Notable and quotable

Posted Tuesday, May. 14, 2013  comments  Print Reprints

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They dedicated their season to their seriously injured and grieving former teammate. But in the end, Lauren Nevil played a key role in helping the sixth-grade Duff Elementary volleyball team win a city championship.

Lauren and her family had moved to Tennessee in July 2011 and were returning to Arlington for a Thanksgiving visit when a suspected drunken driver hit their car on a dark stretch of Interstate 30 near Hope, Ark.

After they heard of the tragedy in mid-November that left Lauren fighting for her life and killed her mother, the Lady Mustangs, who play in the Arlington YMCA league, voted to dedicate the rest of their season to her. Off the court, they wore bracelets inscribed with the phrase “Praying for Lauren”; on it, they sported red ribbons bearing the same sentiment.

They won match after match, closing out the season undefeated and winning the first round of the playoffs. Then came heartbreak: a second consecutive loss to their archrival in the championship round.

“I heard several [girls] tearing up, as they really wanted to win this championship for Lauren,” said Bryan Graham, whose daughter Katelyn played on the team and is a close friend of Lauren’s. “Our season was over. We were city runner-ups.”

The story might end there, as so many similar ones in sports do. But the Lady Mustangs regrouped in March, when spring play began.

“The story was pretty much the same as the season before,” Graham said. “Our girls wanted to win the championship for Lauren and themselves, as this would be our last chance to play together as a Duff all-girl team before heading to junior high.”

After Saturday games, several girls — still dressed in their volleyball uniforms — sometimes visited Lauren at Cook Children’s Medical Center in Fort Worth. Lauren would say how much she wished she could play with them.

That wasn’t possible, of course, but as it turned out she helped her friends win a coveted title just the same. On May 4, about a week after being released from the hospital, Lauren served as honorary bench coach for yet another title match against Duff’s archrival.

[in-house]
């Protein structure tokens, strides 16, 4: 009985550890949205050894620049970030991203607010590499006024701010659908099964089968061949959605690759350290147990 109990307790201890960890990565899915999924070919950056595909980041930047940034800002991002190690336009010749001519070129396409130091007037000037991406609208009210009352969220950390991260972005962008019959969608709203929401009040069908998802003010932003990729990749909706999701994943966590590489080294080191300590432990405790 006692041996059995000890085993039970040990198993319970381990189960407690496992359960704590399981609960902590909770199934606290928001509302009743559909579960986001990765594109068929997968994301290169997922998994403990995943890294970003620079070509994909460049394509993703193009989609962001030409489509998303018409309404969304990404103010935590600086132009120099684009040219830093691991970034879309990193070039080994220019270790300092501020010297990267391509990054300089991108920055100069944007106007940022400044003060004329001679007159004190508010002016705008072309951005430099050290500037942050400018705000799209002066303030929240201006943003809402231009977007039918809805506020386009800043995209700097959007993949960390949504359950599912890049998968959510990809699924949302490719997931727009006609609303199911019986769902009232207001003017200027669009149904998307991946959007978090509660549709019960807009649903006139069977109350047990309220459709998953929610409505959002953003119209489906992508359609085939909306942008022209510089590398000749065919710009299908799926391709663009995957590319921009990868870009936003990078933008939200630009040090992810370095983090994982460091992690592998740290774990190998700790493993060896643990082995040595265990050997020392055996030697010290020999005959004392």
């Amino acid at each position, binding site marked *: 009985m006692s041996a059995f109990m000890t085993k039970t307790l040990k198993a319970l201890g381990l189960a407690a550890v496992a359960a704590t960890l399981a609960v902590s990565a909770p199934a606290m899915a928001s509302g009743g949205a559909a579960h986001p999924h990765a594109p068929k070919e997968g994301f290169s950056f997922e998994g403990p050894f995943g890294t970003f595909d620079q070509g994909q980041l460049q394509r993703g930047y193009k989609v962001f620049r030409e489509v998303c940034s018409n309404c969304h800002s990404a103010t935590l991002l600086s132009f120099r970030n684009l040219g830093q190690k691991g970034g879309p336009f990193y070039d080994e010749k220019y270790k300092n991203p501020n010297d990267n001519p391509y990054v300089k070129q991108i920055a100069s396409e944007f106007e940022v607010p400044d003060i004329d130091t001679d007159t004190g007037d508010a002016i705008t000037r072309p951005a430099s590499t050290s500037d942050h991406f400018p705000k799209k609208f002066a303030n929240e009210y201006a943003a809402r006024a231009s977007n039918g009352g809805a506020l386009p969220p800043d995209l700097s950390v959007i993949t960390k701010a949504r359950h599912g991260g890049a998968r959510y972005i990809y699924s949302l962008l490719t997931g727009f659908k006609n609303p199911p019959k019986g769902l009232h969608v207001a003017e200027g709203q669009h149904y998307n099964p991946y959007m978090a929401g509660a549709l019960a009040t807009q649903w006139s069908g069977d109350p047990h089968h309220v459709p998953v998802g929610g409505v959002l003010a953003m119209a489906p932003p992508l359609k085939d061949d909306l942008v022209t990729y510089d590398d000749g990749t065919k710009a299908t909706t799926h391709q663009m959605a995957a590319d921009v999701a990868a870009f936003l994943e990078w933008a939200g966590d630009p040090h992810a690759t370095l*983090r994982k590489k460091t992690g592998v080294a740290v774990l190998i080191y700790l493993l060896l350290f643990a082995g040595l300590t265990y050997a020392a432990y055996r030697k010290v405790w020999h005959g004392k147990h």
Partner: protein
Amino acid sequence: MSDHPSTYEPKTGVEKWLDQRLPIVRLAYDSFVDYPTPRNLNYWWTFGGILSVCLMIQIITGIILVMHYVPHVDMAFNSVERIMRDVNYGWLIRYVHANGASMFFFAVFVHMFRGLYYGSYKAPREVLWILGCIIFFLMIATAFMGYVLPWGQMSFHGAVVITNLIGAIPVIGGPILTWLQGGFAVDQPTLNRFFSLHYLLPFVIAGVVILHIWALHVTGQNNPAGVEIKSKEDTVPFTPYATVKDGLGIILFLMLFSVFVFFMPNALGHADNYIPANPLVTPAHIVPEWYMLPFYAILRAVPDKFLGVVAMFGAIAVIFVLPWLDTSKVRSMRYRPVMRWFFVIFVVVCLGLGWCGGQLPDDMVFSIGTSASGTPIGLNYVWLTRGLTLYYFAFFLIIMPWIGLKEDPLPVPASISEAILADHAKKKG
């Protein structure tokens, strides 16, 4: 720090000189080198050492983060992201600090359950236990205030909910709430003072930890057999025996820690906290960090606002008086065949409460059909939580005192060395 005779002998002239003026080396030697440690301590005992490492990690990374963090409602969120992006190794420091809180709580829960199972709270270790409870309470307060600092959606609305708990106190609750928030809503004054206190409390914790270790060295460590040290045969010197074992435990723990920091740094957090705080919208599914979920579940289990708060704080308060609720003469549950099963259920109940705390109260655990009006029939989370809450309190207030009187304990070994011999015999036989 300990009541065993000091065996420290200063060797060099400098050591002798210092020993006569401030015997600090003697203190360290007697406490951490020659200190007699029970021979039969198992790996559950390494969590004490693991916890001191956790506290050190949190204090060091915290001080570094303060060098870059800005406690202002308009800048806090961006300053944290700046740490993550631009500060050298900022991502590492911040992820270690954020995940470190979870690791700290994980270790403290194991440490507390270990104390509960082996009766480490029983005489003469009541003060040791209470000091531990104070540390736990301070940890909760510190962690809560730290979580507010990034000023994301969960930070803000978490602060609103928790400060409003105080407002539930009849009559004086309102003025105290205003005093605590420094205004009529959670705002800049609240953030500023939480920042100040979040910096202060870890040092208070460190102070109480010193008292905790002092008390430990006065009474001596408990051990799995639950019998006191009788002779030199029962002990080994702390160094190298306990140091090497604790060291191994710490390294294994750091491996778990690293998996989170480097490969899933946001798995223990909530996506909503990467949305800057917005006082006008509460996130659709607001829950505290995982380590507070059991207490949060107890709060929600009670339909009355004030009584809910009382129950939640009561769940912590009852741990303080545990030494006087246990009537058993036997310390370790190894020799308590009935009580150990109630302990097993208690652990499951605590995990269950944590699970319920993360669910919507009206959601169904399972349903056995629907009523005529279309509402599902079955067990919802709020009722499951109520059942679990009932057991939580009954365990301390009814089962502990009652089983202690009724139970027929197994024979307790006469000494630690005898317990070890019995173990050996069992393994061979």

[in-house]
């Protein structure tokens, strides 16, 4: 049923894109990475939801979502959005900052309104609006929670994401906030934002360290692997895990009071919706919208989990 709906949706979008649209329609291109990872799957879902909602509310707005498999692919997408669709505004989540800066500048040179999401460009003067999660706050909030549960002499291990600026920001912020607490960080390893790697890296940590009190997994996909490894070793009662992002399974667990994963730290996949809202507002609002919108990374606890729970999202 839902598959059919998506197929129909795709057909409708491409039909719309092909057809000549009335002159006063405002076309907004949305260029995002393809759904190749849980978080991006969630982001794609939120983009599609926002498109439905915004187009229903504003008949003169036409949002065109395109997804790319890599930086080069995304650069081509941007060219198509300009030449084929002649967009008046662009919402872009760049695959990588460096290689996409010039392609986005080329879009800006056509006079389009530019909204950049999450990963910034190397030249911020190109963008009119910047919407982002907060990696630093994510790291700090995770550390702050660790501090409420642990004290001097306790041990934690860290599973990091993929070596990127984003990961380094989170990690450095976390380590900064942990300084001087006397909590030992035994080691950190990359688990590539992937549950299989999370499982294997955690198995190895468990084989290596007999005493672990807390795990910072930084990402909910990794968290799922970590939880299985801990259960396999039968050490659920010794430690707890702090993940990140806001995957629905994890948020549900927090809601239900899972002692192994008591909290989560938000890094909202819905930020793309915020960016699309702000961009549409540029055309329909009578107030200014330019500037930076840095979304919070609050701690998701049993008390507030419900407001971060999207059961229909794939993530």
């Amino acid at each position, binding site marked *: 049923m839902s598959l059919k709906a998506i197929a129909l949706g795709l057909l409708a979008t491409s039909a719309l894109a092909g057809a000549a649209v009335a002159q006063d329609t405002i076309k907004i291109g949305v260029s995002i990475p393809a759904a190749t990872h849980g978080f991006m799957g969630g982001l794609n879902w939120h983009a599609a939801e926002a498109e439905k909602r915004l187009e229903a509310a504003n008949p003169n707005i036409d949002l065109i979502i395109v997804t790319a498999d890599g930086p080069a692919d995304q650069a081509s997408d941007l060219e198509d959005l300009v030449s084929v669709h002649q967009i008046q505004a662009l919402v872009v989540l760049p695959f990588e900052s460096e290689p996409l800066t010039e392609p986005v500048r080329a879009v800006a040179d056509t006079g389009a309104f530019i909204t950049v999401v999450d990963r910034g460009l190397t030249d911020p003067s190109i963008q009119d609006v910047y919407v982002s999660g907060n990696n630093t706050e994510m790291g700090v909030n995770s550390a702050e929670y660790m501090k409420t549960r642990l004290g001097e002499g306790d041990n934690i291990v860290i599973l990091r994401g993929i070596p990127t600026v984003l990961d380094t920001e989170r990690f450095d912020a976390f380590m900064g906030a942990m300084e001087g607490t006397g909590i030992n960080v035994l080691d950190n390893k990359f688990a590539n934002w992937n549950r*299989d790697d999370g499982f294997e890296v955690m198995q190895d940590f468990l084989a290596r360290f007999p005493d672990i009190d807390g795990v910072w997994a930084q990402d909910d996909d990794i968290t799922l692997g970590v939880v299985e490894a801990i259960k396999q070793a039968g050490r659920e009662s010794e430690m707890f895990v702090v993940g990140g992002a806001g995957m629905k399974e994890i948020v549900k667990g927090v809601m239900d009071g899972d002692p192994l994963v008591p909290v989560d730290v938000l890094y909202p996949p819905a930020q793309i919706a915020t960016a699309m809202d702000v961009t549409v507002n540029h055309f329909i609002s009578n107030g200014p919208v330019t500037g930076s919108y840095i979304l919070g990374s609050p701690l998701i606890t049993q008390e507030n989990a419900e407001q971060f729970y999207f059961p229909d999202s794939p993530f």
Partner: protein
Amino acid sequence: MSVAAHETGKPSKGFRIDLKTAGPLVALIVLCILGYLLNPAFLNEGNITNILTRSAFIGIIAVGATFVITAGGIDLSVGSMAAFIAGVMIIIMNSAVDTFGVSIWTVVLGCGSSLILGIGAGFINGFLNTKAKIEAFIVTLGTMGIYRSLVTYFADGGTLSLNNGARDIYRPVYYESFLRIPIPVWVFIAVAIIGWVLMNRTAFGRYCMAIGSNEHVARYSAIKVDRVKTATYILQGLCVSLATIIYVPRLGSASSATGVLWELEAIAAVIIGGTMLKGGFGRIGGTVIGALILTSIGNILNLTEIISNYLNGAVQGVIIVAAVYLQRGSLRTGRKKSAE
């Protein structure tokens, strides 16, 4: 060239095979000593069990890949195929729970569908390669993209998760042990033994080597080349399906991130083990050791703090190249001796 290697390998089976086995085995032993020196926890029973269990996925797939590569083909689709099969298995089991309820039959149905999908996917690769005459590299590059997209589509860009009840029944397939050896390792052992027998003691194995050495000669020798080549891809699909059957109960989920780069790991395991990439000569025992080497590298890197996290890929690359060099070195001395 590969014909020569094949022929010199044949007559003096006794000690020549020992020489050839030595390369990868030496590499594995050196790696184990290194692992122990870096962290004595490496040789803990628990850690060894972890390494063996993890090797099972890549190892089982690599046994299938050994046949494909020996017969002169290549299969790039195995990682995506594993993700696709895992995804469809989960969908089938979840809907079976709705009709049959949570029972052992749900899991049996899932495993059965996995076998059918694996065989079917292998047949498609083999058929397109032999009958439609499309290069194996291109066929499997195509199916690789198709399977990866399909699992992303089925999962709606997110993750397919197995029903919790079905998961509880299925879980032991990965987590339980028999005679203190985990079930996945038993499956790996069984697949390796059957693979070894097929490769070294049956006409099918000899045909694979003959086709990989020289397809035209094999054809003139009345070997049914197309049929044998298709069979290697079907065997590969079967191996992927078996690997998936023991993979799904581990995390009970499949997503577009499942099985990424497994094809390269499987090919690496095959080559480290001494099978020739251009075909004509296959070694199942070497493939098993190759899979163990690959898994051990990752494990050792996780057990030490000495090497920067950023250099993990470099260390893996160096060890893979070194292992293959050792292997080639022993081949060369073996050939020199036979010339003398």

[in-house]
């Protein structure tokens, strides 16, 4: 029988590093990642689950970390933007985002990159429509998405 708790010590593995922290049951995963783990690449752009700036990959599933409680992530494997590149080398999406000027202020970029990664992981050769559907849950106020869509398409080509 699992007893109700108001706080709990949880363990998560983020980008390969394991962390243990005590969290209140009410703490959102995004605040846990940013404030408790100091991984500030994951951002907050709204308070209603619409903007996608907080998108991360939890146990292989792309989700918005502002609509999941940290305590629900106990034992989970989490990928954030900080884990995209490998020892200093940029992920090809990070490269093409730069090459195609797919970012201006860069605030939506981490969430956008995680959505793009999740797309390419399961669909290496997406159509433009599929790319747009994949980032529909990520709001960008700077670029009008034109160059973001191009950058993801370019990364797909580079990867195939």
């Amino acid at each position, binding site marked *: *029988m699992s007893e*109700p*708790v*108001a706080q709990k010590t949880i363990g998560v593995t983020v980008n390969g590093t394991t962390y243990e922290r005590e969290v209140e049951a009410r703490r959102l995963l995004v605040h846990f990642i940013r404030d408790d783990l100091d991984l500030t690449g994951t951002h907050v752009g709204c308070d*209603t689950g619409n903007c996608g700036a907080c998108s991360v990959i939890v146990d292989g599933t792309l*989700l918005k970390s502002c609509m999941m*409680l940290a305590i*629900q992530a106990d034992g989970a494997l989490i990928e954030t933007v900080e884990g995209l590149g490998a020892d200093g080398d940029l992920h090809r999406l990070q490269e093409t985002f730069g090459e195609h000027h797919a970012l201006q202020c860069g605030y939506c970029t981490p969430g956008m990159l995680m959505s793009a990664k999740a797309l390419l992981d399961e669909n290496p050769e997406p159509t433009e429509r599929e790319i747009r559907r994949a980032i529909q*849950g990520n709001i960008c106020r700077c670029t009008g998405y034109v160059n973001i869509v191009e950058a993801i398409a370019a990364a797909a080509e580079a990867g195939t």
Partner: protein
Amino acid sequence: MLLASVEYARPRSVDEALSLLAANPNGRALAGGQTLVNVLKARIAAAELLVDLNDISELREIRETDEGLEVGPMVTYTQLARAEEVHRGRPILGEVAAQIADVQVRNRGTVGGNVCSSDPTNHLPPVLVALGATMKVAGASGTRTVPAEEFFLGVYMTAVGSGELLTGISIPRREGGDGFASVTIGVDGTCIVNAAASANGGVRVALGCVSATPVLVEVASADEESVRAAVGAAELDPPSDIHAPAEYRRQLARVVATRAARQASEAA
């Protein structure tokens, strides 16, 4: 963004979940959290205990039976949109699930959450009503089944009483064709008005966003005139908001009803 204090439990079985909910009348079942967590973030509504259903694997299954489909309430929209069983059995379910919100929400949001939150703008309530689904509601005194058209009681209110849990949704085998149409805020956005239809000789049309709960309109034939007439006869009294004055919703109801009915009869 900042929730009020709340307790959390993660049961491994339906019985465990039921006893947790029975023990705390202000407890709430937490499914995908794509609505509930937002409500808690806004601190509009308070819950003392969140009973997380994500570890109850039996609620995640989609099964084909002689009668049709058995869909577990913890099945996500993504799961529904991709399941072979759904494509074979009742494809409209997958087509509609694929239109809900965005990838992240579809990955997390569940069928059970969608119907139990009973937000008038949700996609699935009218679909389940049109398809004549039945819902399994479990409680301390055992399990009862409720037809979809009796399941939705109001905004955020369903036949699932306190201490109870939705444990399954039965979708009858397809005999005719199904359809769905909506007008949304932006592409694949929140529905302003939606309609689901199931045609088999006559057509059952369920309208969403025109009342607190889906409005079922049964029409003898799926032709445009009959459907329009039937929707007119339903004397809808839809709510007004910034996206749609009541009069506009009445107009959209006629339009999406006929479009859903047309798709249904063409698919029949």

When the Lady Mustangs lost the first match, Lauren could see the problem.

“Lauren was sitting on the players bench and told me we were not being aggressive enough and not moving around,” Graham said. “Taking that for heart, I asked her dad if it would be alright if she spoke to the team.”

As the teams switched sides, Lauren spoke her mind to the Lady Mustangs, who then promptly won that match and another to claim the city title.

“We kept reminding the girls about what Lauren said about being aggressive and moving your feet,” Graham said.

Inspiration, it turns out, works both ways.

Hospital leader honored

Dr. Hoyt Frenzel, medical director of Texas Health Arlington Memorial Hospital’s emergency department, was recently named physician of the year at the 17th annual Dallas-Fort Worth Hospital Council luncheon.

“Dr. Frenzel has played an integral role in Texas Health Arlington Memorial Hospital’s numerous achievements to advance and promote quality healthcare and patient satisfaction,” hospital President Kirk King said in a statement. “His actions speak volumes and demonstrate his commitment to helping those in need, whether they are patients in our hospital or the underprivileged living in our communities.”

Frenzel has served on the hospital’s medical staff since 2001 and in 2007 became the emergency department medical director. Under his direction, in 2009 the hospital became one of the first in the world to be designated as an acute heart failure center by the Society of Cardiovascular Patient Care.

He recently helped the hospital attain full accreditation in cycle 4 chest pain, a distinction held by fewer than 100 hospitals nationwide as of last year.

Frenzel graduated from Lamar High School before earning his bachelor’s degree in biology and chemistry from the University of North Texas in Denton. He received his medical degree from the University of Texas Health Science Center in San Antonio.

Along with addressing the healthcare needs of patients, he is passionate about helping the underprivileged. He volunteers at Mission Arlington’s medical clinic, and through his Frenzel Sisters Toy Drive he serves children in the Arlington, Colleyville and Grapevine areas. Twice a year, Frenzel and his three young daughters host the toy drive .

UTA student lauded

A University of Texas at Arlington student has received the UT System board of regents’ Outstanding Student Award in Arts and Humanities for his work in the visual arts.

Bryce Bennett was recognized for outstanding two-dimensional work for his photographic series Beneath and Inside Out. Bennett is a senior photography major who works as a photo lab technician in a work-study position at UT Arlington. He also teaches several photo workshops on behalf of the university.

Beneath and Inside Out gives the viewer a unique perspective of the highway overpass underworld that is rarely experienced by driver or pedestrian, Bennett said. He was awarded $1,500 to be deposited in his academic department budget.

“The arts and humanities continue to be a profoundly important aspect of higher education, and the board of regents is thrilled to recognize the extraordinary talent at UT System,” said regents Chairman Gene Powell.

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